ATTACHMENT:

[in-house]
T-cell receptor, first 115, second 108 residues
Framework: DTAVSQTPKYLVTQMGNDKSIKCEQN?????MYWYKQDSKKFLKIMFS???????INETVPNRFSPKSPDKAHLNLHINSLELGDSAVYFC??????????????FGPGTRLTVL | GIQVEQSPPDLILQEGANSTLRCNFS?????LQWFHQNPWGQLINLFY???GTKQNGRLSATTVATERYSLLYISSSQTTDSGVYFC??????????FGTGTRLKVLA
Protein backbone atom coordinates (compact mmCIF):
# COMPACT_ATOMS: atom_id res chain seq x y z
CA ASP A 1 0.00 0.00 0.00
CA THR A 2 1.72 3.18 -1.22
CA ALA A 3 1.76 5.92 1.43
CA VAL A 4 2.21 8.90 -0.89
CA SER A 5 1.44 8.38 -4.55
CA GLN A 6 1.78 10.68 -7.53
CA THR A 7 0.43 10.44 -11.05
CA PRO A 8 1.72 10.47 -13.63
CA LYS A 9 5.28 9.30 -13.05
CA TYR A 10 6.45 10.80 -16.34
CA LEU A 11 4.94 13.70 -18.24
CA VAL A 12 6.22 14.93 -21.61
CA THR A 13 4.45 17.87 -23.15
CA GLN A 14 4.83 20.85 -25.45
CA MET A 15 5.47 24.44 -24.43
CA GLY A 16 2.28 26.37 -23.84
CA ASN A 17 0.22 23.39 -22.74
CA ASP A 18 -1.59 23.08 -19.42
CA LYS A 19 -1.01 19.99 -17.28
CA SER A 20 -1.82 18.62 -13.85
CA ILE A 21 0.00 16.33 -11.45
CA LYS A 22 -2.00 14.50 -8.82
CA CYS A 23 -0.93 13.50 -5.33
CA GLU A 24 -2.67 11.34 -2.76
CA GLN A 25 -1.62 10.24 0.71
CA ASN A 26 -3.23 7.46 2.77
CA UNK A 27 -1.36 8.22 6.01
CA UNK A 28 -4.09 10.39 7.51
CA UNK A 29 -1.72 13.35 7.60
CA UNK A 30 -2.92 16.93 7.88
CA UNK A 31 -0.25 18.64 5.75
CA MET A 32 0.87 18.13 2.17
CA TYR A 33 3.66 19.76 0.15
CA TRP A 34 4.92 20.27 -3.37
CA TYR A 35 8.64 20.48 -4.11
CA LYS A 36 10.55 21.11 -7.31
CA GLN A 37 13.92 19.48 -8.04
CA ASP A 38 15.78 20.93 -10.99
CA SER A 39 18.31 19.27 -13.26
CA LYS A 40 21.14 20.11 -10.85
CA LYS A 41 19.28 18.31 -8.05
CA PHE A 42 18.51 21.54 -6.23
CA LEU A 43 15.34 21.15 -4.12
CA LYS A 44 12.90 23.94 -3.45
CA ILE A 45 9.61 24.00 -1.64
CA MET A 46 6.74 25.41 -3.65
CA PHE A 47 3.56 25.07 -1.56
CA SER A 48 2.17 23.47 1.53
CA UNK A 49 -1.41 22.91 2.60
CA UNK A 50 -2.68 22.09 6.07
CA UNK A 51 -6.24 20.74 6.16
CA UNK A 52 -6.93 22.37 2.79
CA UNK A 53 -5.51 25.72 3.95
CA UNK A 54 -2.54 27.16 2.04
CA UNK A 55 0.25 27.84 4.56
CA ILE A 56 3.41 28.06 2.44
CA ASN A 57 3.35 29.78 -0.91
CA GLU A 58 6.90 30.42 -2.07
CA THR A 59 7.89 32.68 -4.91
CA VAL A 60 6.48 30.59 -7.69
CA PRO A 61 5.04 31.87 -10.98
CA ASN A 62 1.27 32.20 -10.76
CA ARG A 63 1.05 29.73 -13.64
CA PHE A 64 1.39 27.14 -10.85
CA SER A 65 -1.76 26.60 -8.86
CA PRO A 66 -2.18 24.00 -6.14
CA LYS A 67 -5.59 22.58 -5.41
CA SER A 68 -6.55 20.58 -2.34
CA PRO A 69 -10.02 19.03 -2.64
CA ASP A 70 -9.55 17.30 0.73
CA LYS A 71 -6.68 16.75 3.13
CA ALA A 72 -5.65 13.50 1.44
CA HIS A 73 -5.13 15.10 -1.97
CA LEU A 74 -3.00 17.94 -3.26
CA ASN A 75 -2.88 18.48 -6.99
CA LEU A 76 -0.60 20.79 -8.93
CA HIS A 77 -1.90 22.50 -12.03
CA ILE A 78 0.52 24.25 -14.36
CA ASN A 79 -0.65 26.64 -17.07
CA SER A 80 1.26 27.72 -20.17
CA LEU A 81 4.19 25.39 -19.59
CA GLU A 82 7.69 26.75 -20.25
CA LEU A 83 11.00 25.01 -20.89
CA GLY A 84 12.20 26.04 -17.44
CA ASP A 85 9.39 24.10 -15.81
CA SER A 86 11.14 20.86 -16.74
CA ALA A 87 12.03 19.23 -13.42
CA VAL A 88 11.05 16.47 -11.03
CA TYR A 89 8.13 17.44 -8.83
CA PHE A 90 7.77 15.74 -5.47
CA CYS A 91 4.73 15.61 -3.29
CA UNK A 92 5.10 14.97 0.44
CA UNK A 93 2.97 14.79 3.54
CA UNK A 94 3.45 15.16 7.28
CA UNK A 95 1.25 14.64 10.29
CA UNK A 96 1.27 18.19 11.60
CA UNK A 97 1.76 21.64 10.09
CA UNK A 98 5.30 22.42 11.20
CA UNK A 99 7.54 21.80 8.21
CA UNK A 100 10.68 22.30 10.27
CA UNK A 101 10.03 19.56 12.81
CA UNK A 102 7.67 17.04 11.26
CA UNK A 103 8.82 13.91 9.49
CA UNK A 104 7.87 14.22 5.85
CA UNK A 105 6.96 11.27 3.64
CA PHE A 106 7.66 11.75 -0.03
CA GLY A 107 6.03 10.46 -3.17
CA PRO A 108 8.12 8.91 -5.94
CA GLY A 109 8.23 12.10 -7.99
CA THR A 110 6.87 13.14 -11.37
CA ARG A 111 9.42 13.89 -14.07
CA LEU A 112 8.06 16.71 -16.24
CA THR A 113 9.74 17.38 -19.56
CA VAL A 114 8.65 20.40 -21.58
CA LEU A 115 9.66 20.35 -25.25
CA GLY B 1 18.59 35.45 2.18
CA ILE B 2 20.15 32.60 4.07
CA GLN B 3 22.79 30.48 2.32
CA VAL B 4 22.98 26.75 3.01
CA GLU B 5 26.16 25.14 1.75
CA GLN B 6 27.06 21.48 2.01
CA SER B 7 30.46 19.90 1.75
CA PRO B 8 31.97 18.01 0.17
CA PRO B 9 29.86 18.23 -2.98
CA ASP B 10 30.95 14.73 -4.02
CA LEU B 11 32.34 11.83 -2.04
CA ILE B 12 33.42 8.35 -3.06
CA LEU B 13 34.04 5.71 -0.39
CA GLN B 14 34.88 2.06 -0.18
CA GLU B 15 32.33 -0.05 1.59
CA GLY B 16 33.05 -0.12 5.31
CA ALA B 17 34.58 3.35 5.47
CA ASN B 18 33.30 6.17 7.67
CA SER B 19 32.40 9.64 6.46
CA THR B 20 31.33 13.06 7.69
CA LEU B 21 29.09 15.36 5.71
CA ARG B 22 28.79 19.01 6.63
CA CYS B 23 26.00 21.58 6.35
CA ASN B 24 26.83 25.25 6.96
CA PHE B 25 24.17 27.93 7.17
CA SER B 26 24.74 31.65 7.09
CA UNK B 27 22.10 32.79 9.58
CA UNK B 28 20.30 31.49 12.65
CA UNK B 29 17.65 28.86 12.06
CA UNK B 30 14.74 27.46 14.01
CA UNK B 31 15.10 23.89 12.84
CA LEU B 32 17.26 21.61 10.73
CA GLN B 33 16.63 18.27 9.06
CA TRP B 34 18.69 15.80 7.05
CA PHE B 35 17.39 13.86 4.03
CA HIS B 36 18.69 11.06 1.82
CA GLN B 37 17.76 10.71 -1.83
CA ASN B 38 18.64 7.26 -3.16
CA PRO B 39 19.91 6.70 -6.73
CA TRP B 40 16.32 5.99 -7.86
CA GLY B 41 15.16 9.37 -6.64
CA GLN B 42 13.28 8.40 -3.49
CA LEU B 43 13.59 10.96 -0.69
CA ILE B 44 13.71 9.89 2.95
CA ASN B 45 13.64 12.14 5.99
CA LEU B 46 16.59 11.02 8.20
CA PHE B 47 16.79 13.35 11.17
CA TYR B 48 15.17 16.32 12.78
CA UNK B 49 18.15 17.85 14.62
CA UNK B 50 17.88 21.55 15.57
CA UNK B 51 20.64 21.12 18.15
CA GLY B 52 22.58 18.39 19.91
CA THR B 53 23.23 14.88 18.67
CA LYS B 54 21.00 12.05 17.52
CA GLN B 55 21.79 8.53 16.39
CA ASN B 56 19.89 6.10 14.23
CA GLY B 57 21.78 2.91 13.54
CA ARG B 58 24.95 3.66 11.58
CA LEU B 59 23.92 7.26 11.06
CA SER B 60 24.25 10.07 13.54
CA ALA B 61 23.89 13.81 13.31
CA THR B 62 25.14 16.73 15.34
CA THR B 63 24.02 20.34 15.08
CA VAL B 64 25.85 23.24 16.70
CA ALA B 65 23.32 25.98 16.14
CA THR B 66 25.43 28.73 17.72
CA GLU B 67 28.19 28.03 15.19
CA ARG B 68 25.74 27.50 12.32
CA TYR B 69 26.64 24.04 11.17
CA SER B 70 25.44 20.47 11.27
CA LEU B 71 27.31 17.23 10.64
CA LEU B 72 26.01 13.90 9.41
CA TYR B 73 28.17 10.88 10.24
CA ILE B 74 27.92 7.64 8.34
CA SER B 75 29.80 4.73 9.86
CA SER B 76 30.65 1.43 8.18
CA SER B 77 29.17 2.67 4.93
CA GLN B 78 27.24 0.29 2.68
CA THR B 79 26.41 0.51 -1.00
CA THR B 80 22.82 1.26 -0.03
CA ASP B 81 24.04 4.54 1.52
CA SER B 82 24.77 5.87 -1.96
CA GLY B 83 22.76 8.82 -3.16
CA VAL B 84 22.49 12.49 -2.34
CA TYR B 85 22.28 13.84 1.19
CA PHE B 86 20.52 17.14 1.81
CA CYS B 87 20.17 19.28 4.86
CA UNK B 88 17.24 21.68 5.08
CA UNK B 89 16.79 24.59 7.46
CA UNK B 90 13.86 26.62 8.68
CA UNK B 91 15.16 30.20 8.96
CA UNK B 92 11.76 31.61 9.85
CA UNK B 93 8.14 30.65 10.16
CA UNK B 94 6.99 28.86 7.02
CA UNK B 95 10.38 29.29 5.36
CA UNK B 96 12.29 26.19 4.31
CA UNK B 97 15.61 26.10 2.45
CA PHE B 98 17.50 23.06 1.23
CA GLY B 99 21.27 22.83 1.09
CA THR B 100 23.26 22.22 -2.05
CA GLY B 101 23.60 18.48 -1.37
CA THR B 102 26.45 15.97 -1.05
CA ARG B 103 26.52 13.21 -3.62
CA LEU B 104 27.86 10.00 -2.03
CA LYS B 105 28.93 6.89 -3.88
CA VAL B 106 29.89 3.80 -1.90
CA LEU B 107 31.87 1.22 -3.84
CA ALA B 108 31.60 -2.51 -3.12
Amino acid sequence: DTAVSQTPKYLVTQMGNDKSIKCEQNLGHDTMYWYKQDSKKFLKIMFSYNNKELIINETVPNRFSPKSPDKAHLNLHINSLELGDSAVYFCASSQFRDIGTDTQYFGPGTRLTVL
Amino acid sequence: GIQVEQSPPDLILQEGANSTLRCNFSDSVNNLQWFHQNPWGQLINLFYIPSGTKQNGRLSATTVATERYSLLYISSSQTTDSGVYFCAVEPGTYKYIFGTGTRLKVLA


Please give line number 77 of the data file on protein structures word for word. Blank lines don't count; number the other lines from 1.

CA ALA A 72 -5.65 13.50 1.44